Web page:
“We’re not like McDonalds or Hungry Jacks,” Badeco once told me. He was referring to his jiu-jitsu being raw, real, and not a money train. Badeco lives and breathes grappling, and he’s been a black belt since the age of twenty-seven. “Jiu-jitsu brought me together and made me secure in this world,” he said. His life was unstable before he’d started jiu-jitsu at the age of sixteen. He showed me a hole on the inside of his right leg, an aged puncture wound about the size of a fingertip. “380” and “this was a slash,” as he raised his chin showing an old three-inch cut in the exact location of his anterior jugular. How the laceration missed is beyond me. I assumed “380” and the circular wound on his leg could only refer to a bullet. Now, whether he was pulling my leg or not, the cut on his jugular did not indicate a life of ballet.

My apartment was a small studio, about the size of two small car-parking spaces, so I hoped we wouldn’t stay together in it for too long. But I thought it’d be rude to not offer Badeco a coffee. I’d told him previously I was interested in doing a profile on him, so I thought, Stuff it, I’ll do a bit of it now.

Badeco’s family lived in Rio de Janeiro until he was eight years old, so I asked him to describe the most real thing he’d seen while growing up. I was thinking of Rio’s streets as crazy, something a foreigner like me would find very interesting. Although, to Badeco, the streets were just the streets. Therefore, he took me beyond those streets. He told me about his father who’d fallen ill with a heart condition in 1987. He stood up and said, “I saw my father cut from here to here,” as he pointed to the top of his sternum, running his finger down his abdomen to his left leg. Four years later his father passed away. I’d known this previously and thought: This apartment’s very small and I’ve found myself in the deep end with a weapon of a man. However, the more I spoke with him the more his picture was painted. He’d apparently been a curious eight year old, so stuck his head in on the operating theater. “That’s scarred me for life,” he said. You wouldn’t believe medics would allow a kid into the theater, but he explained his curiosity got the better of him and forced a look past the theater’s door. Badeco comes across as a very straight-talking man.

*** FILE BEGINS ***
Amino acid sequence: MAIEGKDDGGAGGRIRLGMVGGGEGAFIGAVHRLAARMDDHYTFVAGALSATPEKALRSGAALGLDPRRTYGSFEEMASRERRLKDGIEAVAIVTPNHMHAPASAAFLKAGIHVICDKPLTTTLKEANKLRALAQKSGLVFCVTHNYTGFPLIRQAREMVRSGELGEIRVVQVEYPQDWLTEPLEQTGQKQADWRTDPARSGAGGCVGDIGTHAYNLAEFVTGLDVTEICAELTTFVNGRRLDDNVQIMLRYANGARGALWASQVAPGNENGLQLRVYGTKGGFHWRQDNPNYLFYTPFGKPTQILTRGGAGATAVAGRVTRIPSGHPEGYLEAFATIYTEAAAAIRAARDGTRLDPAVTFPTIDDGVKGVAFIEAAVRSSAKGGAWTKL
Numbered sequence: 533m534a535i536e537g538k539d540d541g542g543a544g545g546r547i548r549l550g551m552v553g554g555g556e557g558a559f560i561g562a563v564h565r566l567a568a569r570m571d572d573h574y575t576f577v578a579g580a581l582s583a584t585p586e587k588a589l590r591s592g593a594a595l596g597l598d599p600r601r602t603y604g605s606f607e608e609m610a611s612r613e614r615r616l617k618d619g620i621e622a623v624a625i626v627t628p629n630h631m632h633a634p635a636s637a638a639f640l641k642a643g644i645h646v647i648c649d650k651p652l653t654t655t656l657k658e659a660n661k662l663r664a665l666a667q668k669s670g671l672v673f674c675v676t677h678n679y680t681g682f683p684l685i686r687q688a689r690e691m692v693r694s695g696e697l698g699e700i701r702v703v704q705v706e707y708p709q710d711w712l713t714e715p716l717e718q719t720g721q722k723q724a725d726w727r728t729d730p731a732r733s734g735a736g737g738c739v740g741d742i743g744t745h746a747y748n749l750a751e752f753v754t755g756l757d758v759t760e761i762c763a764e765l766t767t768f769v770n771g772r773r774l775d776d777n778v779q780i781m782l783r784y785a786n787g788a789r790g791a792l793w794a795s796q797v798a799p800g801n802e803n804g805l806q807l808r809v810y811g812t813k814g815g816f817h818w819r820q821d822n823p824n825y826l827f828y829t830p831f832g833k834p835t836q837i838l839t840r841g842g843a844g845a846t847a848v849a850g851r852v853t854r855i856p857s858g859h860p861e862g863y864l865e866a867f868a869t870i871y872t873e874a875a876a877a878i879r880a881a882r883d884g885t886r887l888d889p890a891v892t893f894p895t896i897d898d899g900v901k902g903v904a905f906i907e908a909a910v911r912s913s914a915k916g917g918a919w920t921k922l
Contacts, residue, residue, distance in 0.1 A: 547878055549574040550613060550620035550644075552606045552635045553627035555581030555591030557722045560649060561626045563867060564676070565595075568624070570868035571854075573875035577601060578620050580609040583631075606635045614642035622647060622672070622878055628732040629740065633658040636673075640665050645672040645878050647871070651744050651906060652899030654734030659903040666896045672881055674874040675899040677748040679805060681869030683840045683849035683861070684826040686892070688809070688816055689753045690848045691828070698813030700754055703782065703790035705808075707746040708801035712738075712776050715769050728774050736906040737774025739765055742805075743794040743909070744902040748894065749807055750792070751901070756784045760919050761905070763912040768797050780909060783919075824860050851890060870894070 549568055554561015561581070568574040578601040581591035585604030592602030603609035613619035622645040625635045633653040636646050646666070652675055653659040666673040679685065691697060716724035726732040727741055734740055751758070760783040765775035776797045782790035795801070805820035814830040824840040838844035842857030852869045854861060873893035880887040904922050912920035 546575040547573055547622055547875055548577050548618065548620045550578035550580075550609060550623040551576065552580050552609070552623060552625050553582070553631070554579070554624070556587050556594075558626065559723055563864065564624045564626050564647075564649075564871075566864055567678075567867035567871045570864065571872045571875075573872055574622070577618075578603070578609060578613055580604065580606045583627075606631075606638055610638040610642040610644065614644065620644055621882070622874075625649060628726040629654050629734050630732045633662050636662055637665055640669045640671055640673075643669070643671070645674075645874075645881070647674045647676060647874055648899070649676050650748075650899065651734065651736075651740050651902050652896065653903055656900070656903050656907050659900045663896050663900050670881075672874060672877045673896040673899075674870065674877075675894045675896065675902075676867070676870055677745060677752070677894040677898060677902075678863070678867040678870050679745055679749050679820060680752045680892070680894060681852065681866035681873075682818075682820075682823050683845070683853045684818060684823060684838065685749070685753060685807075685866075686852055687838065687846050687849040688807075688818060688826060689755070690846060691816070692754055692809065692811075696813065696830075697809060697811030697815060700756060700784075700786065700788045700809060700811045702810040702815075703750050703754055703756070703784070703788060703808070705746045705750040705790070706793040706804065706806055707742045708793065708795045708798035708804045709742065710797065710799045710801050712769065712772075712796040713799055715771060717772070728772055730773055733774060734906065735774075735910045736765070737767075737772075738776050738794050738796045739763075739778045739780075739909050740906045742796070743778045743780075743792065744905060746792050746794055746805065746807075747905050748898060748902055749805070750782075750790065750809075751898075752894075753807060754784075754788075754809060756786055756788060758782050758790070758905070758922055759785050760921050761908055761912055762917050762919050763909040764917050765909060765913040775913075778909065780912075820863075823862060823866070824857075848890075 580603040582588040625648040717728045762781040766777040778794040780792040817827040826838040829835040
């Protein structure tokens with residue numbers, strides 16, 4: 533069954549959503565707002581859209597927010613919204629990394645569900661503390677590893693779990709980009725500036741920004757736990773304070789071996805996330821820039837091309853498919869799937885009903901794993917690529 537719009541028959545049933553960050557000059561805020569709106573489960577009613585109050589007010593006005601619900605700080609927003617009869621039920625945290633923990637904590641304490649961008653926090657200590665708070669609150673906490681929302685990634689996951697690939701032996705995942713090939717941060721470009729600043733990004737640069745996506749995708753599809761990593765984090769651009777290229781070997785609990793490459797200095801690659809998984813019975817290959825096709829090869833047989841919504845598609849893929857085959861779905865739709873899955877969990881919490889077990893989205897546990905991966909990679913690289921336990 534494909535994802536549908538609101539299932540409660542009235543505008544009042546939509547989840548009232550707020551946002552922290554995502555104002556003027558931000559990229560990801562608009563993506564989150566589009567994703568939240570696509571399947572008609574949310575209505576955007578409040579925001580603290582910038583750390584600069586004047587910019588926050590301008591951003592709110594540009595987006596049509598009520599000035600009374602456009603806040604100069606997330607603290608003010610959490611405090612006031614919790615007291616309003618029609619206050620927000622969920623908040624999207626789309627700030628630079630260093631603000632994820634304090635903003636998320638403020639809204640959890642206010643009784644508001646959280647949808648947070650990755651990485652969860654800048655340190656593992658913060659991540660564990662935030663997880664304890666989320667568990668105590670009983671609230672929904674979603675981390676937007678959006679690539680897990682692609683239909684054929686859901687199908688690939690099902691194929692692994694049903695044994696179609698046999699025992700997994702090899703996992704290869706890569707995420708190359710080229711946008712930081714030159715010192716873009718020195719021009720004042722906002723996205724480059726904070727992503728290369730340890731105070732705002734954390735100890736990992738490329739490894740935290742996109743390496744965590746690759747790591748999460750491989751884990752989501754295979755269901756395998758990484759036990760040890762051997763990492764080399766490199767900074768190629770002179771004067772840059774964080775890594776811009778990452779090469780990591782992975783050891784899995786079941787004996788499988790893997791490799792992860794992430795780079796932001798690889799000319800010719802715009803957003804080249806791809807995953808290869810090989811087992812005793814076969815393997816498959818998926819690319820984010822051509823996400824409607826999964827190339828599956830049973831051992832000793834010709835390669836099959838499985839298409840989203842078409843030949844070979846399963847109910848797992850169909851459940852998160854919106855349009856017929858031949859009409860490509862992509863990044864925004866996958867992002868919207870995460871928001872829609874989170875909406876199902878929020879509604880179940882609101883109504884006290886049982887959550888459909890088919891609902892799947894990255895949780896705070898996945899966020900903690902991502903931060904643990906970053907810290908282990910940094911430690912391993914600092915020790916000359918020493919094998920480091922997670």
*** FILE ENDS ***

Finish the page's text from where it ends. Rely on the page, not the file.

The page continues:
He went to public school after his father died. “The extra expense wasn’t worth it compared to the cost of a quality school,” according to him.

“I became lost after this.”

He explained people would try to learn at the school but class would be over by lunchtime. After school, some kids would run free. Some would take drugs or even do robberies. “I was completely lost between thirteen and sixteen.”

During his later teenage years he witnessed his friend get shot and killed. He pointed to the back of his skull and indicated the bullet coming out the front of his left eye. Luckily for Badeco, he’d been given a different direction with sport, and a reason to stay off the streets. His father first took him to a jiu-jitsu academy when he was six years old. “Dad loved jiu-jitsu, but the sport was more expensive back then, so he did kung-fu as it was slightly cheaper.” This led to Badeco’s passion for jiu-jitsu being fully developed by age sixteen.

According to Badeco, Crolin Gracie use to say, “Brazil’s dead fighters look after Gracie Floripa.” He was referring to the sense of security he felt in his life after starting jiu-jitsu.